RIYADH: Several Shoura members, diplomats and rights activists have hailed the landmark decision of the Saudi leadership allowing women to drive, which will cut reliance on foreign workers and boost job growth in the Kingdom.
“It will empower women and also change the employment landscape of the country,” said Mohammed Al-Khunaizi, a member of the Shoura Council.
Expressing his happiness over this historic moment, Al-Khunaizi told Arab News that “the number of expatriate drivers in the country today exceeds one million.” “The Kingdom will save between SR9 billion and SR12 billion annually after phasing out foreign drivers,” said the Shoura member, while calling the day (June 24) “the biggest day in the history of the Kingdom.”
He said that “the female driving will help create more and diverse job opportunities for women, a move which is in line with the Saudi Vision 2030.”
“In fact, a large number of Saudi women, as far as I know, have decided to drop their kids to schools, go to supermarkets and visit government offices themselves, ensuring more cohesion, security and dignity for women,” added Al-Khunaizi.
“It is indeed a courageous step of the Saudi government and its institutions,” said the Shoura member, while referring to the support extended by Shoura Council to this decision.
Commending the decision, which is like history in the making before his own eyes, German Ambassador Dieter W. Haller said: “June 24 marks another important step on Saudi Arabia’s way to modernity. It helps the families and it will boost the Saudi economy… and we welcome it and commend the Saudi leadership for this wise decision.”
“I am very proud to witness this historic moment in the Kingdom,” said Luca Ferrari, Italian ambassador.
He said women driving is a major milestone in the implementation of “the economic and social transformation plan wisely envisaged by King Salman and Crown Prince Mohammed bin Salman.”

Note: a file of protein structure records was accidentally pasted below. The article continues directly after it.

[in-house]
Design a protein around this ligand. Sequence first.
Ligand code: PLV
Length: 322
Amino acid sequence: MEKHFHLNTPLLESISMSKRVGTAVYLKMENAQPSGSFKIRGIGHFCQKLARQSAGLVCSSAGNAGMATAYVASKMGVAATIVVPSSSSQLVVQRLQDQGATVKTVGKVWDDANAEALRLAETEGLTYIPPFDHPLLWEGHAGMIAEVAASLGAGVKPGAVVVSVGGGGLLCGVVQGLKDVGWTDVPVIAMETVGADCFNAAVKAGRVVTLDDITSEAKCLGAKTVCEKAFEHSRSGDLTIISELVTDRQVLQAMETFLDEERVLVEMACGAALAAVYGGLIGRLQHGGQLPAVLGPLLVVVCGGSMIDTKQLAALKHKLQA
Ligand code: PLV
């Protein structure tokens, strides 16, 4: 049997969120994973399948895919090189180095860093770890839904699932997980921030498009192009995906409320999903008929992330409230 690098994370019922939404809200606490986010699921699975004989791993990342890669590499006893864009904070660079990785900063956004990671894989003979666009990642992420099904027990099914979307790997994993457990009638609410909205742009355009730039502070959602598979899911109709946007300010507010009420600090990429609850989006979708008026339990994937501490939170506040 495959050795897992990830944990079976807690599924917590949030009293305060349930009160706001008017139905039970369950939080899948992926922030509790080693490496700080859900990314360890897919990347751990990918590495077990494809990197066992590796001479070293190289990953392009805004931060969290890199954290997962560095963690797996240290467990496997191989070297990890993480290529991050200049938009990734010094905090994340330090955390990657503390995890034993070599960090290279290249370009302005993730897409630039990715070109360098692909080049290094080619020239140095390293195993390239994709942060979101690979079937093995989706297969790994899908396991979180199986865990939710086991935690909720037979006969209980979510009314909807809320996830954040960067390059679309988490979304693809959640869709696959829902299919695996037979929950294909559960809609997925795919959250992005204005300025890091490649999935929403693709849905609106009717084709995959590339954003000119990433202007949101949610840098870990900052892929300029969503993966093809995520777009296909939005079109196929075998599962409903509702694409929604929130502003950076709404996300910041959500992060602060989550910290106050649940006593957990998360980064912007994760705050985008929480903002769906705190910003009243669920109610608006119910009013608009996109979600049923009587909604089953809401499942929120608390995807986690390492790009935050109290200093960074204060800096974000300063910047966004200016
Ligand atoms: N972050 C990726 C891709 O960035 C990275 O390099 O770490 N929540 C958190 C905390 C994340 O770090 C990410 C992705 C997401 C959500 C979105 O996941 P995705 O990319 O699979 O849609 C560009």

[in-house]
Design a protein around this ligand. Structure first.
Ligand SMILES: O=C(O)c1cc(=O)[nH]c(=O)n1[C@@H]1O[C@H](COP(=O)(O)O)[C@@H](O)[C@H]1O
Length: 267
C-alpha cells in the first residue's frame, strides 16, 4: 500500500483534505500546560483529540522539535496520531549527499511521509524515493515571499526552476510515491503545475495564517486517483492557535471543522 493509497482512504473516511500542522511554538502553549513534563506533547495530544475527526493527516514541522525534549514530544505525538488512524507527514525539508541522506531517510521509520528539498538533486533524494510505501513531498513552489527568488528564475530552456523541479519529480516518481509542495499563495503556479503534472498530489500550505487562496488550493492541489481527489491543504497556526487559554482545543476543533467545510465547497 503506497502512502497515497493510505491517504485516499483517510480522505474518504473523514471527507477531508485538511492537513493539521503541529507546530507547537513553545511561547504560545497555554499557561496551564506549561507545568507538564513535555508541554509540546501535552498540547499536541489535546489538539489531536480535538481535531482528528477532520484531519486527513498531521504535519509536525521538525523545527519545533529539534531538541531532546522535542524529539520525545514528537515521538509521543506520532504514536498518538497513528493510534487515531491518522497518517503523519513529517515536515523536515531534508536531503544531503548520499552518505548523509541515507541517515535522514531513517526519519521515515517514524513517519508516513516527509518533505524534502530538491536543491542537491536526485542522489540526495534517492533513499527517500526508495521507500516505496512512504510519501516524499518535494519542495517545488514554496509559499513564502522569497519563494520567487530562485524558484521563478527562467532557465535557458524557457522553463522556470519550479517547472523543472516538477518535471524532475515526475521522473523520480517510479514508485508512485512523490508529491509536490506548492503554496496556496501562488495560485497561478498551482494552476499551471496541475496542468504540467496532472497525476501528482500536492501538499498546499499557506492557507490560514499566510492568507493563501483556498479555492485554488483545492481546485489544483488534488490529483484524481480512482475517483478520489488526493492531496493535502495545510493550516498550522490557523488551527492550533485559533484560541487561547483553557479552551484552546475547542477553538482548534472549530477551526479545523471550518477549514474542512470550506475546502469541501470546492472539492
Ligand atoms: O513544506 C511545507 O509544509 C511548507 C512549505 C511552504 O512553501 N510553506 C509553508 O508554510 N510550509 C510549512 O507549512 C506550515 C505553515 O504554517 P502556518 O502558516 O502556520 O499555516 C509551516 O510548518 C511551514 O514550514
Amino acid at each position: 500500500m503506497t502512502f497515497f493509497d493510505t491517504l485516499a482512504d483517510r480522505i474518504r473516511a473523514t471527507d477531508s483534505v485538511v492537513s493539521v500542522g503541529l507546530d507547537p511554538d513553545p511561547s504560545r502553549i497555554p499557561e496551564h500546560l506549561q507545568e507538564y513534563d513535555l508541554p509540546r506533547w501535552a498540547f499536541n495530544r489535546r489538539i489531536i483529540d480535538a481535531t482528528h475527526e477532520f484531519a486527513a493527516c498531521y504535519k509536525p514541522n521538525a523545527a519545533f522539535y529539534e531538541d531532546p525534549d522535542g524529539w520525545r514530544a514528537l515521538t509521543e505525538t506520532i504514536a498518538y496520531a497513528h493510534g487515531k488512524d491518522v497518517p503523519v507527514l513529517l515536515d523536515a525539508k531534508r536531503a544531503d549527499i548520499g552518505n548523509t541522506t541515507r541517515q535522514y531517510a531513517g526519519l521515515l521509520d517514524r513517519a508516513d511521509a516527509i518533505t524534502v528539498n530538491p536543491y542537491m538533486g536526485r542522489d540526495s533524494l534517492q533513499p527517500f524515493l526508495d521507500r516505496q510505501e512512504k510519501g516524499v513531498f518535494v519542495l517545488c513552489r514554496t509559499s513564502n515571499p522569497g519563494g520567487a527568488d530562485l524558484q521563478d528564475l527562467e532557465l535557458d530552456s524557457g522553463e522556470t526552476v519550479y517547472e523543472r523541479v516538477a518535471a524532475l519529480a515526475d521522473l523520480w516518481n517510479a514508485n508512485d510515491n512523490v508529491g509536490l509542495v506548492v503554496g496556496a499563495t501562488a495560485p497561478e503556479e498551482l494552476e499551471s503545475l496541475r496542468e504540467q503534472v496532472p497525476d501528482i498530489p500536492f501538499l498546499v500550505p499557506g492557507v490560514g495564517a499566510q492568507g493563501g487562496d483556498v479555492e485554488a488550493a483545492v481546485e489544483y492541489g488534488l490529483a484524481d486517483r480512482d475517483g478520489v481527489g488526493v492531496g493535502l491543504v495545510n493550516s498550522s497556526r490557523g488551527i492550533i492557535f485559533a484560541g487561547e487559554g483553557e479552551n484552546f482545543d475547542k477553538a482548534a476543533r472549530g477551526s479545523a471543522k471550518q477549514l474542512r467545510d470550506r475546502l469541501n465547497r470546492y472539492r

The Italian envoy, while referring to the reforms in the Kingdom, said: “Women empowerment is a crucial step toward a more inclusive society and a balanced economic growth.”
Referring to the move, Dr. Ibrahim Al-Quayid, a founding member of the National Society of Human Rights (NSHR), said women driving will boost mobility and ease pressure on family members.
“Earlier, husbands without drivers were obliged to drive their wives if they need to go to a doctor or for shopping,” said Al-Quayid, adding that the driving by women will boost productivity.
“Most employers, at least in the public sector, accept the cultural norm, implying that driving one’s wife is a legitimate reason not to be present at work,” he added. “This makes lifting the ban on women driving an essential step by the Saudi government in order to make the Saudi economy more efficient in the long run,” he said.
In fact, the employment landscape in Saudi Arabia will be transformed by the historic start to women’s driving, said a report released by the online recruitment firm GulfTalent.
Based on the findings of a survey, the report said that “the career advancement is a major factor in empowering women, which is one of the goals of Saudi Vision 2030.”
The survey predicts driving will lead to a wave of employed women moving to more lucrative jobs in other companies or institutions.
Many of the survey respondents admitted that they previously had to settle for jobs with lower wages because of the transport constraints. “The move now will have positive implications, especially helping the women working in health and banking sectors,” said Shahzad M. Siddiqui, a senior banker, while referring to a large number of Saudi women joining banking and health sectors.
By 2020, an estimated 3 million women are forecast to be driving in the Kingdom, according to a report compiled by audit firm PwC.
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